Native Vs. Nonnative

Today, perhaps more than ever before, there are good reasons for landscape architects and restoration ecologists to join forces in developing basic ecological and design principles that apply in all land-use decisions.

It’s important for landscape architects to look at the ecological impact of their designs and the plants they use. Photo Courtesy Of Applied Ecological Services, Inc.

While we have come to our professions with different training—one heavily based on design principles, the other heavily based on scientific principles—our aims are often aligned.

A shared goal is to create landscapes with ecosystems that are low-maintenance yet aesthetically pleasing, and which provide beneficial services, such as aesthetics, noise abatement, stormwater control, or habitat for wild fauna, while also providing for human needs.

Much attention has been focused on the use of native vs. nonnative species in projects. However, too often this debate ignores an important underlying principle of restoration: The focus should be on restoring ecosystem functions rather than on the species.

More than 40 years ago, Ian McHarg made the case for a design and planning approach that is sensitive to and compatible with regional environments. McHarg’s basic principle of using nature as a model struck a chord with landscape architects and planners, and it certainly resonated with ecologists.

However, the impact of invasive species—at the hands of well-intentioned designers, gardeners, farmers, and landscapers—has exacerbated a problem that was just beginning to loom when McHarg penned his text.

Many nonnative species are highly invasive, and have compromised the health and stability of natural communities well beyond the point of their introduction.

The spread, success, and dominance of some species is so pervasive that some ecologists have begun to question whether we should merely accept the permanent alteration of natural associations by nonnative species.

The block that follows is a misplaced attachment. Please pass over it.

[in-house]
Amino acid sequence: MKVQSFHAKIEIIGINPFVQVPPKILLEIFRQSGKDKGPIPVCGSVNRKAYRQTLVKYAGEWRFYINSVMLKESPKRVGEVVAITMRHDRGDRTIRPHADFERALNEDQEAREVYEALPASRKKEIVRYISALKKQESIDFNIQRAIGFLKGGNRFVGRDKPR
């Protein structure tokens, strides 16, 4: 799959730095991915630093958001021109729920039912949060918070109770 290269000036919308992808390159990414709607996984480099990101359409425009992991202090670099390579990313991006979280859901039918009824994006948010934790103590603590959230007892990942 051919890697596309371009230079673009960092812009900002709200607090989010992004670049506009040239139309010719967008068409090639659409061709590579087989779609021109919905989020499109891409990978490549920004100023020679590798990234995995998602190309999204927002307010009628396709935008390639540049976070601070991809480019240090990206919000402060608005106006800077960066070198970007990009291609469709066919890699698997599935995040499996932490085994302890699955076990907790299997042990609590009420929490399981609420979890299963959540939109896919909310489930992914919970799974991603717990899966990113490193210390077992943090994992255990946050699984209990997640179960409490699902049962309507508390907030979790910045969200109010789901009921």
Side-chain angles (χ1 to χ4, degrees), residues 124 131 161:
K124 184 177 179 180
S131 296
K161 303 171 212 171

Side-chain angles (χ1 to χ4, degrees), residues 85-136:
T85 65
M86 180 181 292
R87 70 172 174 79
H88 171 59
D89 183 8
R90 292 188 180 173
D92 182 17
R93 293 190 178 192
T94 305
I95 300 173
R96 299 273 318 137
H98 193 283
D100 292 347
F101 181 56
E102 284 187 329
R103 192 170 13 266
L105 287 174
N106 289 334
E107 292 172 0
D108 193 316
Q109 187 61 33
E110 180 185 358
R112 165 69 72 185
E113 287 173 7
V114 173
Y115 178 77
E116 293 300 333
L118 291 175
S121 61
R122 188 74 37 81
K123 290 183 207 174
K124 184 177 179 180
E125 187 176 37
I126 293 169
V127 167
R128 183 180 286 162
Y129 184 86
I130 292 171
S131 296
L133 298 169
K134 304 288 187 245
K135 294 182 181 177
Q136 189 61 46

These new associations, with various mixes of native and nonnative species, have been called “novel ecosystems.” Do these ecosystems, some of which appear to be stable and self-sustaining, challenge the “design with nature” model?

Or are novel ecosystems different models that might provide important insights for both landscape architects and ecologists?

The identification of stable, self-sustaining novel ecosystems has fueled the native vs. nonnative debate.

Novel ecosystems exclude flower gardens and hay fields, for example, but might include vacant lots or mixed-species forests under some management. These increasingly widespread ecosystems (perhaps covering 35 percent of the Earth’s land surface) range from near-monocultures of a nonnative species to diverse ecosystems with mixes of native and nonnative species.

Indicators Of Ecosystem Health, As Design Principles

There is little doubt that stability and resiliency, or recuperative potential, are effective ways to evaluate ecosystem health. Healthy ecosystems require the least maintenance while still providing desired services.

The introduction of nonnative plants can create a whole new ecosystem. Photo Courtesy Of Applied Ecological Services, Inc.

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